Republican Women At Trump's SOTU Will Wear Red, White, & Blue For This Reason

It seems that almost everyone attending Tuesday's State of the Union (SOTU) address intends to make a statement, and Republican women in the House of Representatives will be no exception. At the SOTU, female GOP representatives wearing red, white, and blue will do so in support of the military.

Rep. Martha McSally told USA Today that a woman in the House sent out an email encouraging the plan, and attributed the idea to a constituent. According to McSally, the uniform color palette is intended "to show our support for the flag, and the country and the troops and to be a contrast." The idea was reportedly passed along to other women in the Senate and the executive branch.

The bright colors will be a notable contrast to Democratic women, many of whom plan to wear all black in solidarity with #MeToo and #TimesUp. Rep. Lois Frankel, chair of the Democratic Women's Working Group, told Vox that the goal is to send “a message of solidarity with those who are seeking economic security and a cultural shift that enables men and women to work side by side, in safety and dignity, free of sexual harassment, and be paid fairly for the value of their work."

Racked reports that while the Democratic Women's Working Group is leading the #MeToo and #TimesUp protest, they have extended the invitation to all members of Congress. Some men and GOP members will reportedly also be participating, but their names have not been released.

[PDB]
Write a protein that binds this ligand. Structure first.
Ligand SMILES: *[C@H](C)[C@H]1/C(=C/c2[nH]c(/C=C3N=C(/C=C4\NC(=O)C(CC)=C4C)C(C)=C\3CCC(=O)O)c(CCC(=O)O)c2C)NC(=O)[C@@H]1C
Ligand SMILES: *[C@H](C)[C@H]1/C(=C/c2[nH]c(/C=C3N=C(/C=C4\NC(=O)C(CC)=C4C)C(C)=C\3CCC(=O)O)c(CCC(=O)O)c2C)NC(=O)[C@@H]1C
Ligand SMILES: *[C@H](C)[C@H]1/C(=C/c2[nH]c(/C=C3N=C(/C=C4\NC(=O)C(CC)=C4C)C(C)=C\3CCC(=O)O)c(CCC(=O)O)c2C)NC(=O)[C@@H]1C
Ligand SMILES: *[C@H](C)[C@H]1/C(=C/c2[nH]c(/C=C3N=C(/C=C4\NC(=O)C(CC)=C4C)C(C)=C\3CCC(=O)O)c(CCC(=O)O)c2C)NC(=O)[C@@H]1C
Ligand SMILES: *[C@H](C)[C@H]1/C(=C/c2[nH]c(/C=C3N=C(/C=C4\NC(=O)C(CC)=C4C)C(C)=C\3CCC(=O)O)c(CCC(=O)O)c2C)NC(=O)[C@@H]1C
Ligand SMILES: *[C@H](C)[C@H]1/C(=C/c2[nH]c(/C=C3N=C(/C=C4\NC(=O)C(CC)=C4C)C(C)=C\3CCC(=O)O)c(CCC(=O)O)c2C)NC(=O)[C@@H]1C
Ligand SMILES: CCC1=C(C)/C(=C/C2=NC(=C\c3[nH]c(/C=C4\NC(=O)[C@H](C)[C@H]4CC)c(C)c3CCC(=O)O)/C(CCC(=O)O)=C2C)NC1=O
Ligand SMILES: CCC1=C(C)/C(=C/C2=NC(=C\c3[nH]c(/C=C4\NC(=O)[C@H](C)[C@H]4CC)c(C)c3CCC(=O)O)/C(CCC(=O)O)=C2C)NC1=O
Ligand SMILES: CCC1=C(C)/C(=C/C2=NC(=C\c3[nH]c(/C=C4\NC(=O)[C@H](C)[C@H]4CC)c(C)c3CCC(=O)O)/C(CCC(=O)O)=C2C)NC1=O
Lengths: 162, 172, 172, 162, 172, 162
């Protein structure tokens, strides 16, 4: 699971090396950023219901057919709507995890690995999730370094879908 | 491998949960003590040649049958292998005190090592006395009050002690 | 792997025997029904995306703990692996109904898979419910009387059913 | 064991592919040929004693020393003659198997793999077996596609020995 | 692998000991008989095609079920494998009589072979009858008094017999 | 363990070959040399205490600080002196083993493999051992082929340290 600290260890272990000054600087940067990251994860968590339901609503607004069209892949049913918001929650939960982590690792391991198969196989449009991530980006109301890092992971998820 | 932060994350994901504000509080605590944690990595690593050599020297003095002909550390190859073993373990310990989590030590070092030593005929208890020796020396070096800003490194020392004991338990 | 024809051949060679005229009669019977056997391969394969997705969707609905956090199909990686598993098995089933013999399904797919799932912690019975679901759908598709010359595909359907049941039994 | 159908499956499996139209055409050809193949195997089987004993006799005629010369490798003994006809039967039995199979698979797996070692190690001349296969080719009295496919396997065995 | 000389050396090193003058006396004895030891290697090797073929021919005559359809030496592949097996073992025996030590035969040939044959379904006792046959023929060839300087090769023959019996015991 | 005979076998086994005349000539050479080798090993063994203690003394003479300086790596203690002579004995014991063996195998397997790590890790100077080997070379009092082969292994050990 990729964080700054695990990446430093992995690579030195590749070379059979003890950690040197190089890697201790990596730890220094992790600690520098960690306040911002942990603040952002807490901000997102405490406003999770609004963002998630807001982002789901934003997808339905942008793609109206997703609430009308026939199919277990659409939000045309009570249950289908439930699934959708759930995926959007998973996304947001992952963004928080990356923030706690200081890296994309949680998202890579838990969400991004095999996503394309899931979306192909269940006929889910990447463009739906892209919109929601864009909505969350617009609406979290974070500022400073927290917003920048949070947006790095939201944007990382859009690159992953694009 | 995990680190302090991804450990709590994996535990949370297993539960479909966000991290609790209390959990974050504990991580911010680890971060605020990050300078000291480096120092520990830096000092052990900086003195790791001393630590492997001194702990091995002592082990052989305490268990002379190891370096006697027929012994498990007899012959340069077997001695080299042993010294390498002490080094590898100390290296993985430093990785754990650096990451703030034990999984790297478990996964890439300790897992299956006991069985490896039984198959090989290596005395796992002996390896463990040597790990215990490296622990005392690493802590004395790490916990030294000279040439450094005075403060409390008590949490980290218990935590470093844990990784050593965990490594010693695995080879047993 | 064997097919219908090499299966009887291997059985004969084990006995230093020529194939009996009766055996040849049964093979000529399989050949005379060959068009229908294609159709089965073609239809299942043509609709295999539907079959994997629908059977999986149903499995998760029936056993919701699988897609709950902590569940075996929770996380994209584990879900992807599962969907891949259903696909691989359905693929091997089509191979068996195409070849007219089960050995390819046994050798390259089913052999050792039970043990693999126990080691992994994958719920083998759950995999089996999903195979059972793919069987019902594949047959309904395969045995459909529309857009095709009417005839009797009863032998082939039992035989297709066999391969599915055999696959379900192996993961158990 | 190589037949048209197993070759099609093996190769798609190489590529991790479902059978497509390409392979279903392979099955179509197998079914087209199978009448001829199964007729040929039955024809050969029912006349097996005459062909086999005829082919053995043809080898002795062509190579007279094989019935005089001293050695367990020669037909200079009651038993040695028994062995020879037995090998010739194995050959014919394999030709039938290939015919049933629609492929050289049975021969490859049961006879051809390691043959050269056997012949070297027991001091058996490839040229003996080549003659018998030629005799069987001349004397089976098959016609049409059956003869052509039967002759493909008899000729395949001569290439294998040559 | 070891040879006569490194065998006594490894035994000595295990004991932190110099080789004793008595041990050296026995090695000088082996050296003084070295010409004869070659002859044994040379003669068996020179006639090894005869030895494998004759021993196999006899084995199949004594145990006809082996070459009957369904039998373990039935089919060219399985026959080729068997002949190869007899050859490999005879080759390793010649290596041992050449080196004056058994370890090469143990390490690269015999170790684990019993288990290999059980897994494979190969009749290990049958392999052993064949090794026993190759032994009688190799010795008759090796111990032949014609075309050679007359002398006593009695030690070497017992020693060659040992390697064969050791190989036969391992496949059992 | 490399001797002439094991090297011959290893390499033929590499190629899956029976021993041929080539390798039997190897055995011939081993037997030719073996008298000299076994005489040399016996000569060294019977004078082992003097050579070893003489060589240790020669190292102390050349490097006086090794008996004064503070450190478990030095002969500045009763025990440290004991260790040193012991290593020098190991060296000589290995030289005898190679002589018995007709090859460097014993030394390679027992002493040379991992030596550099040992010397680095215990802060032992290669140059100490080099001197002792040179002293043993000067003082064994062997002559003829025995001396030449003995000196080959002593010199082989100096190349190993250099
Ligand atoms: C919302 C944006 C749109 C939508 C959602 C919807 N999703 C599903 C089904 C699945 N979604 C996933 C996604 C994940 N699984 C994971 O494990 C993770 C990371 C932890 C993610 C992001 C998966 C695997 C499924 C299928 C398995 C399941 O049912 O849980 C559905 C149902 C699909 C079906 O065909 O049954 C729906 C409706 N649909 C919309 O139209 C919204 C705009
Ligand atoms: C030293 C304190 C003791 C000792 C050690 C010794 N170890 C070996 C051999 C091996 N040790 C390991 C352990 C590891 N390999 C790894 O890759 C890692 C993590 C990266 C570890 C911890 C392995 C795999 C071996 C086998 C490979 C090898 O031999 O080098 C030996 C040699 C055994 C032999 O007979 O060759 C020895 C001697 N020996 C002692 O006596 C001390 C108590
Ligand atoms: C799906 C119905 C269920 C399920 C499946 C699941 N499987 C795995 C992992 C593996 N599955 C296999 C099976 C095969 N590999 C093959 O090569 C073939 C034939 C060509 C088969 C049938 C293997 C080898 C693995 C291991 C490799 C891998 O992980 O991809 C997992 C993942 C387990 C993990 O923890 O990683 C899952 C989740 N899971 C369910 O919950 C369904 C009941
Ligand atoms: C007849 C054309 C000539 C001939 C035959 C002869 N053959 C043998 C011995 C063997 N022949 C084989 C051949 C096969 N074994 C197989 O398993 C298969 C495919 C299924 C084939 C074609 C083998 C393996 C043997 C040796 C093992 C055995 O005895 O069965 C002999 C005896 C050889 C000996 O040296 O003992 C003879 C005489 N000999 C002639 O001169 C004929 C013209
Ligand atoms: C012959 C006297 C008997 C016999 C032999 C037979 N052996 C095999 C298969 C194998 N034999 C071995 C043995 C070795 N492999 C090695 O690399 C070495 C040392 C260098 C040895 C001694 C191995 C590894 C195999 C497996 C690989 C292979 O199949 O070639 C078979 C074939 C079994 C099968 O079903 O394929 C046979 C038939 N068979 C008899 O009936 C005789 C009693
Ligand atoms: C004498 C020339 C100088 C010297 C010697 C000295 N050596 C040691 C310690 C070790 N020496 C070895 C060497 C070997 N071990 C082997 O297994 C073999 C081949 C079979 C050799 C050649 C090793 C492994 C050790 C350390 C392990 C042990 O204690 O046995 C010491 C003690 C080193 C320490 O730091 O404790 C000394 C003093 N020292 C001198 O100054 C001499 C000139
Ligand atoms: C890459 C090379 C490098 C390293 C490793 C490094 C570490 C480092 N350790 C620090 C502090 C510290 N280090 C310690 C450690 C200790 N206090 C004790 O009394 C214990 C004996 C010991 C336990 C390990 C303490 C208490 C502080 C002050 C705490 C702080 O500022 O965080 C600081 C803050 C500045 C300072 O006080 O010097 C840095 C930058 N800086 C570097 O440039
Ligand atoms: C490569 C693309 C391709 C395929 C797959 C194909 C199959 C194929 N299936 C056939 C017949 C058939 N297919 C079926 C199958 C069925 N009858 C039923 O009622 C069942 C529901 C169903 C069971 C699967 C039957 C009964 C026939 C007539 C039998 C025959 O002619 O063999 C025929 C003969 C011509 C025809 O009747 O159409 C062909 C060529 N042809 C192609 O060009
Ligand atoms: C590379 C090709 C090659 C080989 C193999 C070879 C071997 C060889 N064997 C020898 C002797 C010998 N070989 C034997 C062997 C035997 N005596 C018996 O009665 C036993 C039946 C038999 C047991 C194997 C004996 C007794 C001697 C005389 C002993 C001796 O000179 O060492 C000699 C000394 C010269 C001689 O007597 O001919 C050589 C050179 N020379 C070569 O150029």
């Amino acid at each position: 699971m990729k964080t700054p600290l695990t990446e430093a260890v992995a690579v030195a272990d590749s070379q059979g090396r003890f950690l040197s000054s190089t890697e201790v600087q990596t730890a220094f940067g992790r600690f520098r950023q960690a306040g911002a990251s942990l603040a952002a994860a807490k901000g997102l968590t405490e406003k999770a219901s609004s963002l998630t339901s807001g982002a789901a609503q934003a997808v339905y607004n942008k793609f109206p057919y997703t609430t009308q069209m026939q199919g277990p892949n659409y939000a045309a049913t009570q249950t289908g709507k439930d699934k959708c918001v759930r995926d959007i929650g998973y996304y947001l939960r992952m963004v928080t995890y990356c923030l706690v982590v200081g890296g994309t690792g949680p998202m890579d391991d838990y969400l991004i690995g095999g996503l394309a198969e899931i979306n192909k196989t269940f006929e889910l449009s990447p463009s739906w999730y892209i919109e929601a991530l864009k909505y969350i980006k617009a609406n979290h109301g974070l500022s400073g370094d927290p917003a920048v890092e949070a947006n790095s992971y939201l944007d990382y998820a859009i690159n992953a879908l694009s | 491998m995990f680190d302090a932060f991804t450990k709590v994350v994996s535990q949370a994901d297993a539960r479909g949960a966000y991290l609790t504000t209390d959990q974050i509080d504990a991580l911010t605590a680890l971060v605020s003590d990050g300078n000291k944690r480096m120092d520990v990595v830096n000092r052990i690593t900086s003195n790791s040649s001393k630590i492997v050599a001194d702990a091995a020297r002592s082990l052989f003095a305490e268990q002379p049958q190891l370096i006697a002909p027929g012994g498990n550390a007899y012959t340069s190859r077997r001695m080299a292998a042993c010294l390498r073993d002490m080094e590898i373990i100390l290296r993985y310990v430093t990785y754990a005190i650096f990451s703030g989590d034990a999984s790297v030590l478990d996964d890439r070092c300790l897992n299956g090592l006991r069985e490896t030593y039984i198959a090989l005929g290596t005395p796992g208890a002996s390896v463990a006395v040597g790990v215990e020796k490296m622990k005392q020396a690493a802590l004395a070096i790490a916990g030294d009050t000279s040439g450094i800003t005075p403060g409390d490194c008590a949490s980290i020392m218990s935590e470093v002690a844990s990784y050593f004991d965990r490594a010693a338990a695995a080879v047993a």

"We’re not trying to make this partisan," Frankel said. “Sexual harassment knows no party."

Participants will be following in the footsteps of women in Hollywood, many of whom recently wore all black to the Golden Globes. According to Variety, approximately 300 women in the entertainment industry organized the #TimesUp movement.

Quiet messages will be flying all over the place on Tuesday night, as members of Congress fight to get messages across to their opposite parties, the president, and the American public. Aside from specific attire, guests are expected to garner an exceptional amount of attention.

On Monday, Trump announced his personal guest list. Those whom he invites will sit with the first lady, Melania Trump. Among those attending on behalf of the president are an ICE agent, a police officer, first time homebuyers, and a U.S. Coast Guard technician lauded for saving dozens of Americans during 2017's devastating hurricane season. He also will be bringing family members of victims killed by the MS-13 gang, small business owners, and a fire prevention technician who saved 62 people during a California wildfire.

"Some of these individual stories are heroic," Press Secretary Sarah Huckabee Sanders said at a press briefing on Monday. "Some are patriotic. Others are tragic. But all of them represent the unbreakable American spirit and will inspire our nation to continue growing stronger, prouder and more prosperous.”

But the president and the first lady aren't the only ones bringing political guests. A slew of Democrats, in particular, are bringing individuals with them that represent their own legislative agenda. Sen. Elizabeth Warren, for example, is bringing the first Haitian-American to hold elected office in Massachusetts. His presence will be a distinct rebuttal both to Trump's anti-immigration rhetoric, and particularly his reported comments that characterized Haiti, El Salvador, and African nations as "sh*thole" countries.

Similarly, House Minority Leader Nancy Pelosi, along with approximately 29 other congresspeople, will be bringing people personally affected by immigration legislation. The majority of these guests will be Deferred Action for Childhood Arrival (DACA) recipients, the program which Trump plans to end in March if Congress doesn't act first.

Trump will have the microphone Tuesday evening, but he certainly won't have all of the attention. While congresspeople may be required to sit quietly, they'll be sending messages loud and clear.